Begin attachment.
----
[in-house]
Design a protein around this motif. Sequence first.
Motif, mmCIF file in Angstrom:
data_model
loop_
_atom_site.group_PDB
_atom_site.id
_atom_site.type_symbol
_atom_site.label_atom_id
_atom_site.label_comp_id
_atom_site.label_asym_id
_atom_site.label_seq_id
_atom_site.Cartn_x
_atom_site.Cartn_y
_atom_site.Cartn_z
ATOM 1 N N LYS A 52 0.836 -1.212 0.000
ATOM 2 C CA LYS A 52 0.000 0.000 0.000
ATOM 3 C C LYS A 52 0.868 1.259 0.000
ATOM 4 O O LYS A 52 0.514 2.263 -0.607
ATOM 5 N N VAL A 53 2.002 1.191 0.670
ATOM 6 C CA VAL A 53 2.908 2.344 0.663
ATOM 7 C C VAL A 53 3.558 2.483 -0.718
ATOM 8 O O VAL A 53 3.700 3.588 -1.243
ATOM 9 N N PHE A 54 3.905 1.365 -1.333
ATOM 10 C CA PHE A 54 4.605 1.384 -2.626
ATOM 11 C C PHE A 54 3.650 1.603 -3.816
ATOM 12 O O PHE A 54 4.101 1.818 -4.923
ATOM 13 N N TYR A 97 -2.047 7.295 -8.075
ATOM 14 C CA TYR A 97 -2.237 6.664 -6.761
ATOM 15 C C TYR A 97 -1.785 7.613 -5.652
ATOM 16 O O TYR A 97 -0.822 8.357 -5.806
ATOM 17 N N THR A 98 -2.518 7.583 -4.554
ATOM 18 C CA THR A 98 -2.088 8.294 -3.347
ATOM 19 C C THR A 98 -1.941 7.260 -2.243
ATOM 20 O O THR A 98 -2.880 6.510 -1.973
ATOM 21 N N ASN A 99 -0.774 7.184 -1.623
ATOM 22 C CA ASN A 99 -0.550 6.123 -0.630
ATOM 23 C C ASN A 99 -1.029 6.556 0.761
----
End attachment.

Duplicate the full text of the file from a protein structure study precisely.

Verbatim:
[in-house]
Design a protein around this motif. Sequence first.
Motif, mmCIF file in Angstrom:
data_model
loop_
_atom_site.group_PDB
_atom_site.id
_atom_site.type_symbol
_atom_site.label_atom_id
_atom_site.label_comp_id
_atom_site.label_asym_id
_atom_site.label_seq_id
_atom_site.Cartn_x
_atom_site.Cartn_y
_atom_site.Cartn_z
ATOM 1 N N LYS A 52 0.836 -1.212 0.000
ATOM 2 C CA LYS A 52 0.000 0.000 0.000
ATOM 3 C C LYS A 52 0.868 1.259 0.000
ATOM 4 O O LYS A 52 0.514 2.263 -0.607
ATOM 5 N N VAL A 53 2.002 1.191 0.670
ATOM 6 C CA VAL A 53 2.908 2.344 0.663
ATOM 7 C C VAL A 53 3.558 2.483 -0.718
ATOM 8 O O VAL A 53 3.700 3.588 -1.243
ATOM 9 N N PHE A 54 3.905 1.365 -1.333
ATOM 10 C CA PHE A 54 4.605 1.384 -2.626
ATOM 11 C C PHE A 54 3.650 1.603 -3.816
ATOM 12 O O PHE A 54 4.101 1.818 -4.923
ATOM 13 N N TYR A 97 -2.047 7.295 -8.075
ATOM 14 C CA TYR A 97 -2.237 6.664 -6.761
ATOM 15 C C TYR A 97 -1.785 7.613 -5.652
ATOM 16 O O TYR A 97 -0.822 8.357 -5.806
ATOM 17 N N THR A 98 -2.518 7.583 -4.554
ATOM 18 C CA THR A 98 -2.088 8.294 -3.347
ATOM 19 C C THR A 98 -1.941 7.260 -2.243
ATOM 20 O O THR A 98 -2.880 6.510 -1.973
ATOM 21 N N ASN A 99 -0.774 7.184 -1.623
ATOM 22 C CA ASN A 99 -0.550 6.123 -0.630
ATOM 23 C C ASN A 99 -1.029 6.556 0.761